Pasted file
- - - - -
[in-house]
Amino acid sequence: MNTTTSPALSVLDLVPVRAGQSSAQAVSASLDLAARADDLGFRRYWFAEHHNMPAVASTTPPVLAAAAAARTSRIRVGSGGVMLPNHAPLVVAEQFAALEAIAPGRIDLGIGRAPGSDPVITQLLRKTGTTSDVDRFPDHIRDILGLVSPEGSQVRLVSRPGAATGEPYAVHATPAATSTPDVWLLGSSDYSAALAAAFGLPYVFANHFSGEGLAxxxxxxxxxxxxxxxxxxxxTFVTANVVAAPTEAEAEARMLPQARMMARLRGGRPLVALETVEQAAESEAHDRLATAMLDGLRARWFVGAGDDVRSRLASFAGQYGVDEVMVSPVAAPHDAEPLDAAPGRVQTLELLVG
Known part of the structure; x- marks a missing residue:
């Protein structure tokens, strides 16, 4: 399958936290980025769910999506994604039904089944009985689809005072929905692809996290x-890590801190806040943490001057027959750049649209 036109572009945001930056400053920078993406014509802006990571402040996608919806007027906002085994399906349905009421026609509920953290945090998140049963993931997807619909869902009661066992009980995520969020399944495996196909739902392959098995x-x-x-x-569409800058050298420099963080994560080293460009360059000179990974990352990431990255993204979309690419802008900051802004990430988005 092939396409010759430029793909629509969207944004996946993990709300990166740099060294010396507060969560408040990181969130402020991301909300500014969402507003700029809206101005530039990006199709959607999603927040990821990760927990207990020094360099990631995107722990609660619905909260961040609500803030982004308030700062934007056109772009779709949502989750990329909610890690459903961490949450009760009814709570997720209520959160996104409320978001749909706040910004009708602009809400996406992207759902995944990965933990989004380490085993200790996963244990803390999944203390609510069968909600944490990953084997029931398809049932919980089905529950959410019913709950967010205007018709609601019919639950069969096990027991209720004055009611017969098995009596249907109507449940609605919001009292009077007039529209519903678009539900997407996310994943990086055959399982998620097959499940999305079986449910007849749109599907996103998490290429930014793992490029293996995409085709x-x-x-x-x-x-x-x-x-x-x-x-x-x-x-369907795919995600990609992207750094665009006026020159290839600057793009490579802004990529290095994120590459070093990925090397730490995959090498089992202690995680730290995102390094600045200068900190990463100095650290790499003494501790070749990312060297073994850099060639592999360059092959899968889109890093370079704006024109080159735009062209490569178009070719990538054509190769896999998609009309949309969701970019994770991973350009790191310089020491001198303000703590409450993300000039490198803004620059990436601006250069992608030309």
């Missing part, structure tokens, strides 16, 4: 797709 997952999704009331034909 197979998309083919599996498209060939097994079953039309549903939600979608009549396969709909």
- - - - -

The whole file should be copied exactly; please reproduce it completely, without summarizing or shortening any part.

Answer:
[in-house]
Amino acid sequence: MNTTTSPALSVLDLVPVRAGQSSAQAVSASLDLAARADDLGFRRYWFAEHHNMPAVASTTPPVLAAAAAARTSRIRVGSGGVMLPNHAPLVVAEQFAALEAIAPGRIDLGIGRAPGSDPVITQLLRKTGTTSDVDRFPDHIRDILGLVSPEGSQVRLVSRPGAATGEPYAVHATPAATSTPDVWLLGSSDYSAALAAAFGLPYVFANHFSGEGLAxxxxxxxxxxxxxxxxxxxxTFVTANVVAAPTEAEAEARMLPQARMMARLRGGRPLVALETVEQAAESEAHDRLATAMLDGLRARWFVGAGDDVRSRLASFAGQYGVDEVMVSPVAAPHDAEPLDAAPGRVQTLELLVG
Known part of the structure; x- marks a missing residue:
């Protein structure tokens, strides 16, 4: 399958936290980025769910999506994604039904089944009985689809005072929905692809996290x-890590801190806040943490001057027959750049649209 036109572009945001930056400053920078993406014509802006990571402040996608919806007027906002085994399906349905009421026609509920953290945090998140049963993931997807619909869902009661066992009980995520969020399944495996196909739902392959098995x-x-x-x-569409800058050298420099963080994560080293460009360059000179990974990352990431990255993204979309690419802008900051802004990430988005 092939396409010759430029793909629509969207944004996946993990709300990166740099060294010396507060969560408040990181969130402020991301909300500014969402507003700029809206101005530039990006199709959607999603927040990821990760927990207990020094360099990631995107722990609660619905909260961040609500803030982004308030700062934007056109772009779709949502989750990329909610890690459903961490949450009760009814709570997720209520959160996104409320978001749909706040910004009708602009809400996406992207759902995944990965933990989004380490085993200790996963244990803390999944203390609510069968909600944490990953084997029931398809049932919980089905529950959410019913709950967010205007018709609601019919639950069969096990027991209720004055009611017969098995009596249907109507449940609605919001009292009077007039529209519903678009539900997407996310994943990086055959399982998620097959499940999305079986449910007849749109599907996103998490290429930014793992490029293996995409085709x-x-x-x-x-x-x-x-x-x-x-x-x-x-x-369907795919995600990609992207750094665009006026020159290839600057793009490579802004990529290095994120590459070093990925090397730490995959090498089992202690995680730290995102390094600045200068900190990463100095650290790499003494501790070749990312060297073994850099060639592999360059092959899968889109890093370079704006024109080159735009062209490569178009070719990538054509190769896999998609009309949309969701970019994770991973350009790191310089020491001198303000703590409450993300000039490198803004620059990436601006250069992608030309």
């Missing part, structure tokens, strides 16, 4: 797709 997952999704009331034909 197979998309083919599996498209060939097994079953039309549903939600979608009549396969709909």